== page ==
Fueling myself properly is an area in which I constantly strive to improve. It’s difficult to be in charge of the nutrition of a family of eight! There is a wide variety of palates in my family, and I have learned over the years that I can’t please everyone when it comes to preparing meals. My husband, for instance, doesn’t eat vegetables. (He claims lettuce tastes like dirt. To which I reply…. When did you ever eat dirt?!?)
I am on the other end of the spectrum. I could survive on vegetables alone. I can’t get enough of them. And our six kids? They all fall somewhere in between the two extremes.
With the start of each new year, I set some sort of goal in the area of nutrition. For 2018, I am aiming to drink more water. I am striving to consume a quart a day – with nothing added, just pure water. (Wish me luck. I’d rather drink a quart of Diet Coke.)
Last year, I approached my friend, Nicole Bobe, for help in tweaking my nutrition. She has helped a lot.Nicole and I have taught group exercise together at Bob’s Gym for the past 11 years. She is a registered dietitian and has recently started her own nutrition consultation company. I admire Nicole in many ways, and I did a happy dance when she agreed to write for my blog.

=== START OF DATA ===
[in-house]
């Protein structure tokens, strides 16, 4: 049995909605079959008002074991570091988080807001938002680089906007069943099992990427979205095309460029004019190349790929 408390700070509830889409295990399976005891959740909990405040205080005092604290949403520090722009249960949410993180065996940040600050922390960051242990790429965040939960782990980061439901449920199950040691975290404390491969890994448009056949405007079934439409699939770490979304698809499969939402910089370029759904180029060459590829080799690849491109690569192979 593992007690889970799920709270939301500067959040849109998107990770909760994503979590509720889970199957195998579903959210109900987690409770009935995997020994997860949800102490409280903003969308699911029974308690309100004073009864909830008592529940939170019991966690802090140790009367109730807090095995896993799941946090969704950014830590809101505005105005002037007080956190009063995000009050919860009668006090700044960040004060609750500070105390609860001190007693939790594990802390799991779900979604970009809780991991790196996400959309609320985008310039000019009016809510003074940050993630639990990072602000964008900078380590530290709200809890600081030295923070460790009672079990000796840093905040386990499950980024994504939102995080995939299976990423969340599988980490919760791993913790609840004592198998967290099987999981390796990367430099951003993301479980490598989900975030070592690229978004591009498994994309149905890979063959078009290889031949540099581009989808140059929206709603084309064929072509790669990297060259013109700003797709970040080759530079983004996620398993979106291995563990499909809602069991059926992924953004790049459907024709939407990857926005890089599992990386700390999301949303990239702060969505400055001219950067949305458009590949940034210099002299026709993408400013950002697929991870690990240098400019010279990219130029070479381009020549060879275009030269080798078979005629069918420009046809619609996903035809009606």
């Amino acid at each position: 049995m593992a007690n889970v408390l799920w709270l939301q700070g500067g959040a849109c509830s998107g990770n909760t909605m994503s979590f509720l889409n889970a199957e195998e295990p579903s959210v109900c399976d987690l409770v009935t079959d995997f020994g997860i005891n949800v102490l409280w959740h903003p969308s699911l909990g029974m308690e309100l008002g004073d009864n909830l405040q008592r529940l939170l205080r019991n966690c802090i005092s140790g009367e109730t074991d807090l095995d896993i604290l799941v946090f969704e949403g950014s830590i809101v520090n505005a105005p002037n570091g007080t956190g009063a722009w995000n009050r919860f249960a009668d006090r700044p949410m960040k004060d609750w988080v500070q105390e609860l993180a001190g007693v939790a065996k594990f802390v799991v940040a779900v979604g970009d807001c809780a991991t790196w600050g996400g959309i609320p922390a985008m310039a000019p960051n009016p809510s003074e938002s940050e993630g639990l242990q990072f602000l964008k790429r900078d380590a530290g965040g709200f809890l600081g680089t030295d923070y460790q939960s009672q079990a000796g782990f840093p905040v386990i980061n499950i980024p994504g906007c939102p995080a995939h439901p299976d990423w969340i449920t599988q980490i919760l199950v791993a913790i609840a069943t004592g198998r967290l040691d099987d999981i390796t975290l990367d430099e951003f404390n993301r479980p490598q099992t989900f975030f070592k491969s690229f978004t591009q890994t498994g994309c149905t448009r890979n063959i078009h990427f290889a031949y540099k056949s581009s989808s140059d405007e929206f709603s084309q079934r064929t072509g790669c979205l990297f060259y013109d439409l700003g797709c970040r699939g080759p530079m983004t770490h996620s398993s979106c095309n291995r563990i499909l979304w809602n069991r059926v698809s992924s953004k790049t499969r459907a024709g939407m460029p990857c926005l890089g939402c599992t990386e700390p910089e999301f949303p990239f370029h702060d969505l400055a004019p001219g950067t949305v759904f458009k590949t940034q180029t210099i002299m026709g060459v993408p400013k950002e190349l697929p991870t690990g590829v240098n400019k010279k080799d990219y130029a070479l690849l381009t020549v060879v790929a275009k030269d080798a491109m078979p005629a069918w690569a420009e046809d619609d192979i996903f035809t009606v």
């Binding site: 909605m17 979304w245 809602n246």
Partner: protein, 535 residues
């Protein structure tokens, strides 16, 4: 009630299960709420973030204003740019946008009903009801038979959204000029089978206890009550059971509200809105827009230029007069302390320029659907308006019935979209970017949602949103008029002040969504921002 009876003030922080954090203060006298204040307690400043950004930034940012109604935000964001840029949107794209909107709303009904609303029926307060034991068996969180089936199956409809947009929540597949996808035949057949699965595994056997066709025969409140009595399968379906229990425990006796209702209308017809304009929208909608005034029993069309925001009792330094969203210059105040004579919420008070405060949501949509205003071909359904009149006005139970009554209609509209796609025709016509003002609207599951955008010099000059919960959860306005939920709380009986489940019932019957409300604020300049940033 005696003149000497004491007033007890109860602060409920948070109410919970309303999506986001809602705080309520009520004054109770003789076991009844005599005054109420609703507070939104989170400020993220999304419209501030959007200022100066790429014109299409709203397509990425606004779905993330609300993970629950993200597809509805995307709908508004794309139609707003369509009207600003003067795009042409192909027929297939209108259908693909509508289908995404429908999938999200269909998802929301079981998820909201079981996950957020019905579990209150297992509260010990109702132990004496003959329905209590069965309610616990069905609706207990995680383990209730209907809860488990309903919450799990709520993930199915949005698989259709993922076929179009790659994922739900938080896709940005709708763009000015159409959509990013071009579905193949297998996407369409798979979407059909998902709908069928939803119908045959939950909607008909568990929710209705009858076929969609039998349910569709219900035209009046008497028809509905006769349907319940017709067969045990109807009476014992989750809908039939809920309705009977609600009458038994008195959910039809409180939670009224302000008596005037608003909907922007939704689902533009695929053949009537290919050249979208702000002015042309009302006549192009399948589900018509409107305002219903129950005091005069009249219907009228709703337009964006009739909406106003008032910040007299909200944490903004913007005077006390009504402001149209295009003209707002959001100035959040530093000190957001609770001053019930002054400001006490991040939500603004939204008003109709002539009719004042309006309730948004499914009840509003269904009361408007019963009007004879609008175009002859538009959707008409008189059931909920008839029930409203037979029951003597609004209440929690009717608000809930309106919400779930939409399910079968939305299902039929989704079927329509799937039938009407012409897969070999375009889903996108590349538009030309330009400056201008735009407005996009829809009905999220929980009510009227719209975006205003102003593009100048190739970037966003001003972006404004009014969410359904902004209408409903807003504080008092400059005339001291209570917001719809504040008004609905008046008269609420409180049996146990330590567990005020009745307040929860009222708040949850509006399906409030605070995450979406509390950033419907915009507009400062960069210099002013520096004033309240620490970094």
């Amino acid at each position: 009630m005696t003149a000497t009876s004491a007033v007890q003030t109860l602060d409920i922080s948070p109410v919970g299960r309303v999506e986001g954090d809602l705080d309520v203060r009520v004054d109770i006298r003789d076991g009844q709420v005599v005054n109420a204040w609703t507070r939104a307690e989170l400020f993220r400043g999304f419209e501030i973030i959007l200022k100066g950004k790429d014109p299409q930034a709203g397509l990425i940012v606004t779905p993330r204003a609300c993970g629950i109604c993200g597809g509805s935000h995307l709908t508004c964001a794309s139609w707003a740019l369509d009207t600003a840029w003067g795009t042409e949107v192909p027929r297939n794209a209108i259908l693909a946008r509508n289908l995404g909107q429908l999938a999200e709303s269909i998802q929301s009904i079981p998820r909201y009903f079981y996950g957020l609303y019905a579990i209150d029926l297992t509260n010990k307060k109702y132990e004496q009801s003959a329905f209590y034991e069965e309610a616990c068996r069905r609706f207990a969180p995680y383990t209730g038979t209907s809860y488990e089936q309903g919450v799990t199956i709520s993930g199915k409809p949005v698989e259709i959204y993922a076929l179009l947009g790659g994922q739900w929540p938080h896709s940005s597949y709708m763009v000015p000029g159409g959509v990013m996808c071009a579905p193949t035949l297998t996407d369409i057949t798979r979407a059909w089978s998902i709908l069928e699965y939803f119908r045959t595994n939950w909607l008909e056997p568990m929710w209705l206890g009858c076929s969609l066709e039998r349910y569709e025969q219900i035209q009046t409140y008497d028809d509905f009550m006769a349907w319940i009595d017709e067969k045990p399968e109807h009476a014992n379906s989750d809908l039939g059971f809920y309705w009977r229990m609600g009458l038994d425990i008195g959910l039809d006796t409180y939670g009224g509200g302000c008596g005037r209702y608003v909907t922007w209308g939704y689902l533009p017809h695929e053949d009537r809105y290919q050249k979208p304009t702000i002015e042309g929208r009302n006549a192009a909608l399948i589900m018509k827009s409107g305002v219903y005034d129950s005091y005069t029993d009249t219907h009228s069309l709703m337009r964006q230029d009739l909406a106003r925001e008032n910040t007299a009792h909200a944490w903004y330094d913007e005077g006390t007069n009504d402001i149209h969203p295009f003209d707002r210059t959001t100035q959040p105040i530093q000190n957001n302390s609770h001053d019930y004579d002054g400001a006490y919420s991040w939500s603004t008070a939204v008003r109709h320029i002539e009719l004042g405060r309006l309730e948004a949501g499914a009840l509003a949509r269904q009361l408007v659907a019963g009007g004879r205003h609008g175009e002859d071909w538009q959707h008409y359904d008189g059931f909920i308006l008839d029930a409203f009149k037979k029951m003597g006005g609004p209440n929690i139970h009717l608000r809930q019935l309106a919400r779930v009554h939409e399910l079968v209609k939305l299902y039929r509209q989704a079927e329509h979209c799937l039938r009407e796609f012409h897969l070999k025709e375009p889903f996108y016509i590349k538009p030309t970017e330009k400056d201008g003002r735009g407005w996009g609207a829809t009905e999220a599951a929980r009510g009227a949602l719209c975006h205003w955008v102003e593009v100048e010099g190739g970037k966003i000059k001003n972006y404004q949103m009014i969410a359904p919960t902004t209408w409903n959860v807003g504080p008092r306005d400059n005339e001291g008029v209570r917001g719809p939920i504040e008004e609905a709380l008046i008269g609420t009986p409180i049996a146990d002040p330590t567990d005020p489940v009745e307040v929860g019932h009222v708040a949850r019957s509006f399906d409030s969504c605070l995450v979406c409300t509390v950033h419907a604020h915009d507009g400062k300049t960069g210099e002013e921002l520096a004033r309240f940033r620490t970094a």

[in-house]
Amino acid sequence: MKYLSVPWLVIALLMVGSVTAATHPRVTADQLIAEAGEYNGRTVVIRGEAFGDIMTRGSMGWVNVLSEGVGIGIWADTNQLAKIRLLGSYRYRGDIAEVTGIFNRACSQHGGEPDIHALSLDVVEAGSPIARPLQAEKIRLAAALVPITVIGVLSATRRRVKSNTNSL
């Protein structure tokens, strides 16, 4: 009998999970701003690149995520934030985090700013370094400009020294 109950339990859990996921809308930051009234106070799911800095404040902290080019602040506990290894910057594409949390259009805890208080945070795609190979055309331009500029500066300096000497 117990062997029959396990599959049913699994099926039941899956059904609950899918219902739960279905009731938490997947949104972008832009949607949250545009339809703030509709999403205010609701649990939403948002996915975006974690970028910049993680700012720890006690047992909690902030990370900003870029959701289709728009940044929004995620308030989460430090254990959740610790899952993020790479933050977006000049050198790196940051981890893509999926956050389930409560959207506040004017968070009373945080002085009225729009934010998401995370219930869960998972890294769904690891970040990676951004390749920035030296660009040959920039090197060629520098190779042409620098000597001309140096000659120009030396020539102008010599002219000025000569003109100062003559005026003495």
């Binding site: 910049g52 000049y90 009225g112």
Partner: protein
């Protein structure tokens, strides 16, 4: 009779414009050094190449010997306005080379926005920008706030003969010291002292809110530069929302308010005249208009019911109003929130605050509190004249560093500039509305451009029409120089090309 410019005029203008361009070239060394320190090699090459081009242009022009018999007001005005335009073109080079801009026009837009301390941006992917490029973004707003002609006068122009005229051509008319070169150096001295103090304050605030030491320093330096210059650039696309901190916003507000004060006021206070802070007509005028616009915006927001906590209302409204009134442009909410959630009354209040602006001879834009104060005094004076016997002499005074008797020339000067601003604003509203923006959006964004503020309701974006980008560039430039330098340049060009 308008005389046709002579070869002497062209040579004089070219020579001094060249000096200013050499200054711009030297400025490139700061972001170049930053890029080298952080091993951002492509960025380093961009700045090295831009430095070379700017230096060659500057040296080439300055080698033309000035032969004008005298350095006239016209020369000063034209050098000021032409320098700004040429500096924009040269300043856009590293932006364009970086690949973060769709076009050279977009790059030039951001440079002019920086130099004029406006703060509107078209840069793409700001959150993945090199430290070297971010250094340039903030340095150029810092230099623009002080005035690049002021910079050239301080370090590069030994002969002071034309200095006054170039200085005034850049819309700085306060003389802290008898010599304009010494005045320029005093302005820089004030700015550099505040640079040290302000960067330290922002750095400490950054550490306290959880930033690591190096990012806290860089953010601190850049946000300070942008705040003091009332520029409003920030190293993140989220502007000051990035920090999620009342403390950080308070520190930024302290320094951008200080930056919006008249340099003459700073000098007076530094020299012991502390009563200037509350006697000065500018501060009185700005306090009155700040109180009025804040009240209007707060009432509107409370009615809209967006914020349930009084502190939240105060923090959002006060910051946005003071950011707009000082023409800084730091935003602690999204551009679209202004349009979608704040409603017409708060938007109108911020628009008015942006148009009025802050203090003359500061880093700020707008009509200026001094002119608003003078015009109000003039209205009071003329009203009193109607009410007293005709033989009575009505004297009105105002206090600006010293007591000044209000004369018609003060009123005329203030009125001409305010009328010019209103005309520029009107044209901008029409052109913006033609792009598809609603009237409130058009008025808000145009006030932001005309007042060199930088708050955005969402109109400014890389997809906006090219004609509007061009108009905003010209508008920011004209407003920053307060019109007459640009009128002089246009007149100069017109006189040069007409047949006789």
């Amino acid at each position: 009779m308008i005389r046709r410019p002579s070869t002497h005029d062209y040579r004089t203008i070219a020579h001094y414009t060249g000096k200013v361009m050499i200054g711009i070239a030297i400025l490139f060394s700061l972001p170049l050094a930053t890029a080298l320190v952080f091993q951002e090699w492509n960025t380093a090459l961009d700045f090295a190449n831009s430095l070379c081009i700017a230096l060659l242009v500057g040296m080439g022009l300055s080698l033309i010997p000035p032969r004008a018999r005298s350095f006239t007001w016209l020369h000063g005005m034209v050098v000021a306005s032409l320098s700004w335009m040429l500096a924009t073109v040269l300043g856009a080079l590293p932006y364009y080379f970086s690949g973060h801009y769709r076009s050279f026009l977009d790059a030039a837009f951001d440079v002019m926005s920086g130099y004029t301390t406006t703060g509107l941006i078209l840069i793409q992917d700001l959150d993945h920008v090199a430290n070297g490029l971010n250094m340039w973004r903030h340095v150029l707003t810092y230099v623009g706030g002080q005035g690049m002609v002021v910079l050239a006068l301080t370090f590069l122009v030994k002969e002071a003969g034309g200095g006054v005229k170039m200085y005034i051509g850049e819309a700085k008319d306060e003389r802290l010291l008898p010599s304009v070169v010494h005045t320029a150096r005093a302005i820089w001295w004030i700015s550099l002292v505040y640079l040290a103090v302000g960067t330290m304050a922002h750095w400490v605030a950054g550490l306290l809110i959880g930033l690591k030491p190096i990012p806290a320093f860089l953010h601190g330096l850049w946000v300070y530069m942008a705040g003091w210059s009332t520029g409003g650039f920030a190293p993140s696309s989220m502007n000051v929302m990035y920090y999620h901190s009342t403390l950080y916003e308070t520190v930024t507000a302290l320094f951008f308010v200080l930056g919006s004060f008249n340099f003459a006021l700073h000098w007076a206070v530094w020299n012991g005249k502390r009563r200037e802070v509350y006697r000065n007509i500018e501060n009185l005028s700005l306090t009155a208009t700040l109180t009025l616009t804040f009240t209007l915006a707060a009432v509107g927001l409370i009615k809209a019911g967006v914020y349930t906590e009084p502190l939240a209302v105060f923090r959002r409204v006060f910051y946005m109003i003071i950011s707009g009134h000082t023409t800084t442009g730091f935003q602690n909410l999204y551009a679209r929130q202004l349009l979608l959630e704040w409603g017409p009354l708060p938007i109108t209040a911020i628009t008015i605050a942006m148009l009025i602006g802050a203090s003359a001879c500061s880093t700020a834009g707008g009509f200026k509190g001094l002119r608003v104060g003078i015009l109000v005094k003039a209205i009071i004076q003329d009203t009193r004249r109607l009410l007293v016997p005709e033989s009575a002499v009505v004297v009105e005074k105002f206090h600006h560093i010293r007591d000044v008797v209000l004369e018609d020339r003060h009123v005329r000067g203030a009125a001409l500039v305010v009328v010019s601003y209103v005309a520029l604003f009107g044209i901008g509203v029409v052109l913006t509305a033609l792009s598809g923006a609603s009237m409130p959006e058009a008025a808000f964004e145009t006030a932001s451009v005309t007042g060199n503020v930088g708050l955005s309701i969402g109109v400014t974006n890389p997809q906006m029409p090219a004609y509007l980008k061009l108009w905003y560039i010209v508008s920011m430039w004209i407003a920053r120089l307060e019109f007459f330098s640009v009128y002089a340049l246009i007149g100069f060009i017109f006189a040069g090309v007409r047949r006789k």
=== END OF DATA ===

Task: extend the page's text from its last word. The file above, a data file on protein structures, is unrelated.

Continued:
So, without further adieu, I present Nicole Bobe.
Ending the Vicious Cycle
I know many of you said you would get back to exercising and eating better after the holidays were over. Same intentions; different year, right?
Most people dread stepping on that scale to see what damage has been done! The brief pleasure one experiences from overindulging takes so much effort to deal with on the back end. Plus, as we get older, the task of getting back on track becomes more daunting. Some of our previous years goals don’t even seem realistic anymore, and our health wish list just gets longer. What was once a desire to lose 10 pounds. is now a longing to lose even more weight, have more energy, sleep better, think clearer, eliminate joint pain and address digestive problems, etc.
If you look around, it is obvious that the health of our society is going in the wrong direction. Diabetes, obesity and heart disease are everywhere.
Our health care system is great at tackling acute issues but struggles with chronic issues. We are pros at taking meds to deal with any symptoms we experience, but is this really helping the underlying problems? Symptoms are not normal, and they are your body’s way of saying something has been going on for a while now. All of that internal inflammation that is a result of repetitive bad choices is contributing to a cascade of internal imbalances, which ultimately results in undesirable side effects.